Continuous Integration “Has A” Continuous Delivery is the wrong way around

Eric Minick has written a thought-provoking assessment of Continuous Delivery and Continuous Integration tooling, which includes a variant of The Golden Hammer:

“When all you have is a Continuous Integration system, everything looks like a build”

This leads to an antipattern Eric and I refer to as Deployment Build, in which application deployments are tacked onto a Continuous Integration system by treating them as pseudo-builds. While this approach may be cheap to set up, it creates a number of problems:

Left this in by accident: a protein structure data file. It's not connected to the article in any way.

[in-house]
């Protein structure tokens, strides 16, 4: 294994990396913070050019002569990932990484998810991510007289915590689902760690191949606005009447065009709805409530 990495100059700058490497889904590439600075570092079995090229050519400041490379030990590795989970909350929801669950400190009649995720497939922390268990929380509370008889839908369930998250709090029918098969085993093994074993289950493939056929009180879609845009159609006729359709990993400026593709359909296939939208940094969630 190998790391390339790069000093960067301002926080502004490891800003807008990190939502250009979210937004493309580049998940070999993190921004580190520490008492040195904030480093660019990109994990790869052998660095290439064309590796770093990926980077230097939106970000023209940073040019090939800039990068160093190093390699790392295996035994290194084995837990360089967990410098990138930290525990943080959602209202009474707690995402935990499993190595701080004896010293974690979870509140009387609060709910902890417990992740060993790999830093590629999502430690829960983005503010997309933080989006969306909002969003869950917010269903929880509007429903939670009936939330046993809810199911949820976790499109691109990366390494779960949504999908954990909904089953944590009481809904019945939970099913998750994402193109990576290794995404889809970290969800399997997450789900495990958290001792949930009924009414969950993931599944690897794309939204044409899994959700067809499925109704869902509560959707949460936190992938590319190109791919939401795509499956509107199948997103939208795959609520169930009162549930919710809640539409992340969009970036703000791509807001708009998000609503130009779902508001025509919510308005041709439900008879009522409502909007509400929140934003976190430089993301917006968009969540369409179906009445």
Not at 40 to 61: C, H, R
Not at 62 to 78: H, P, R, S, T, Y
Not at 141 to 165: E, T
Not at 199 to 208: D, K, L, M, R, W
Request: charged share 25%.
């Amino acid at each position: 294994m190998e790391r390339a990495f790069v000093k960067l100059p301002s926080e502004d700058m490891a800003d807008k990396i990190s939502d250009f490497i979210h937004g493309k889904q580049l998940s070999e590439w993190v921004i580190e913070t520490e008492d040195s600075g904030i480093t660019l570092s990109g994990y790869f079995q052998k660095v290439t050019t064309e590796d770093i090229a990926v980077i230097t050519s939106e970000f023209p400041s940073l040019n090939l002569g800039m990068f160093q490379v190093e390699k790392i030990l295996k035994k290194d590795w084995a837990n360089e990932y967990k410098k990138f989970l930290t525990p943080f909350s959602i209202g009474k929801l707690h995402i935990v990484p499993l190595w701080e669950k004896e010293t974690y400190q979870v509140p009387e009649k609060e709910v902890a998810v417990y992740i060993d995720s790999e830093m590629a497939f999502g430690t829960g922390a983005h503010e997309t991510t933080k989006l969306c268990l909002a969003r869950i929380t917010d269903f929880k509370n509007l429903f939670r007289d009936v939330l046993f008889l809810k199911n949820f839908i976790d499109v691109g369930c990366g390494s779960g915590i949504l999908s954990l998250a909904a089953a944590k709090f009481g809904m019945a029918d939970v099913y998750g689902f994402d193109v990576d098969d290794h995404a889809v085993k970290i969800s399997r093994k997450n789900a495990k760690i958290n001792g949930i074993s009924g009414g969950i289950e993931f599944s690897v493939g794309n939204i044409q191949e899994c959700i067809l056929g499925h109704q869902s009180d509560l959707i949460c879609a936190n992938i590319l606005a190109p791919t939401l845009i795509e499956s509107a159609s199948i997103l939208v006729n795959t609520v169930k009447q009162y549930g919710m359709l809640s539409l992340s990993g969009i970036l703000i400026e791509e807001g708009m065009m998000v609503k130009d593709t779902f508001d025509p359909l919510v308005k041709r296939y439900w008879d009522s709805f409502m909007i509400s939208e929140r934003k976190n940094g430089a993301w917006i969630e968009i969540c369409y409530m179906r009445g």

• Ambiguous language – mis-communication is more likely when a deployment button is mis-labelled as a build
  • Noisy user interface – endless buttons such as “Deploy Apples To QA”, “Deploy Apples To Production”, and “Deploy Oranges To QA” hinder feedback
  • Lax security – all downstream servers must be accessible including Production
  • Increased risk – a system failure will impede Operations as well as Development

Eric describes how Deployment Build drove UrbanCode to create uDeploy independent of AntHillPro, and ThoughtWorks Go has Continuous Delivery at its heart. Jenkins now has a Continuous Delivery plugin, although to say Continuous Integration “has a” Continuous Delivery capability is incorrect. The correct relationship is the inverse.